High-speed rail (HSR) has emerged as one of the most revolutionary and transformative transportation technologies, having a profound impact on urban-regional accessibility and inter-city travel across Europe, Japan, and more recently China and other Asian countries. One of HSR’s biggest advantages over air travel is that it offers passengers a one-seat ride into the center of major cities, eliminating time-consuming airport transfers and wait times, and providing ample opportunities for intermodal transfers at these locales. Thus, HSR passengers are typically able to arrive at stations that are only a short walk away from central business districts and major tourist attractions, without experiencing any of the stress that car drivers often experience in negotiating such highly congested environments. Such an approach requires a high level of coordination and planning of the infrastructural and spatial aspects of the HSR service, and a high degree of intermodal connectivity. But what key elements can help the US high-speed rail system blend successfully with other existing rail and transit services? That question is critically important now that high-speed rail is under construction in California. The study seeks to understand the requirements for high levels of connectivity and spatial and operational integration of HSR stations and offer recommendations for seamless, and convenient integrated service in California intercity rail/HSR stations. The study draws data from a review of the literature on the connectivity, intermodality, and spatial and operational integration of transit systems; a survey of 26 high-speed rail experts from six different European countries; and an in-depth look of the German and Spanish HSR systems and some of their stations, which are deemed as exemplary models of station connectivity. The study offers recommendations on how to enhance both the spatial and the operational connectivity of high-speed rail systems giving emphasis on four spatial zones: the station, the station neighborhood, the municipality at large, and the region.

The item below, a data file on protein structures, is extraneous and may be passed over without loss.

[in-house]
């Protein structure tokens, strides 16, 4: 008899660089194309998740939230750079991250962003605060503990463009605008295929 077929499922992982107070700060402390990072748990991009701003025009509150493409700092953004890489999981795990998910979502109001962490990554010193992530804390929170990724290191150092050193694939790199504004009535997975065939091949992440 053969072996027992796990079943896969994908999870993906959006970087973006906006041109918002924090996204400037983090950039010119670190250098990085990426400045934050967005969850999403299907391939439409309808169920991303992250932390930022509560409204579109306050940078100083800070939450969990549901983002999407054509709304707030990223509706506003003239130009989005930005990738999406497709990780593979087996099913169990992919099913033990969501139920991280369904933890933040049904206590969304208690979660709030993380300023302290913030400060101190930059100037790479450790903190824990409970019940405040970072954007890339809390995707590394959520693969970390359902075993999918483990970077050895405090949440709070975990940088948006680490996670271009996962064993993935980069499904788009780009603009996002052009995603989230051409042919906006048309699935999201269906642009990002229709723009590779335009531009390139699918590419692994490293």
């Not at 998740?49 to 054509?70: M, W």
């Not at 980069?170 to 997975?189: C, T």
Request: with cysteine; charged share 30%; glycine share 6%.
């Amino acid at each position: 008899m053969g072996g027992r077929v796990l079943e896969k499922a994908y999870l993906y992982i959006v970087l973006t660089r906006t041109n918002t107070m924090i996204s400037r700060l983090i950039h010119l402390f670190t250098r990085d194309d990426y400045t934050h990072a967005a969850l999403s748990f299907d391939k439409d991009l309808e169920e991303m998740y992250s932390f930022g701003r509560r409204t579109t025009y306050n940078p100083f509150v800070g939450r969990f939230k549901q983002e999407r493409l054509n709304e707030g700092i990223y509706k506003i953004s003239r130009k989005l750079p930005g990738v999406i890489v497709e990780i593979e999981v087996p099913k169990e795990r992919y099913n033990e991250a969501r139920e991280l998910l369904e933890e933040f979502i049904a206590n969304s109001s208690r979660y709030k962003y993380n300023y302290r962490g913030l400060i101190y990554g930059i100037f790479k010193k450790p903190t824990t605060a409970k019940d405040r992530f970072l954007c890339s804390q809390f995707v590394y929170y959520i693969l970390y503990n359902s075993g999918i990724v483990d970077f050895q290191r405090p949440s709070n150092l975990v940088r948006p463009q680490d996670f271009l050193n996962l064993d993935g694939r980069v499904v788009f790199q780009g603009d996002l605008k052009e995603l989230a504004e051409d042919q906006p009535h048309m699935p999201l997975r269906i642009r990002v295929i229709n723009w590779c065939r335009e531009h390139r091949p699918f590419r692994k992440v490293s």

High-speed rail, Blended systems, Intermodal connectivity
Anastasia Loukaitou-Sideris, Deike Peters, and Wenbin Wei. "Promoting Intermodal Connectivity at California’s High Speed Rail Stations" Mineta Transportation Institute Publications (2015).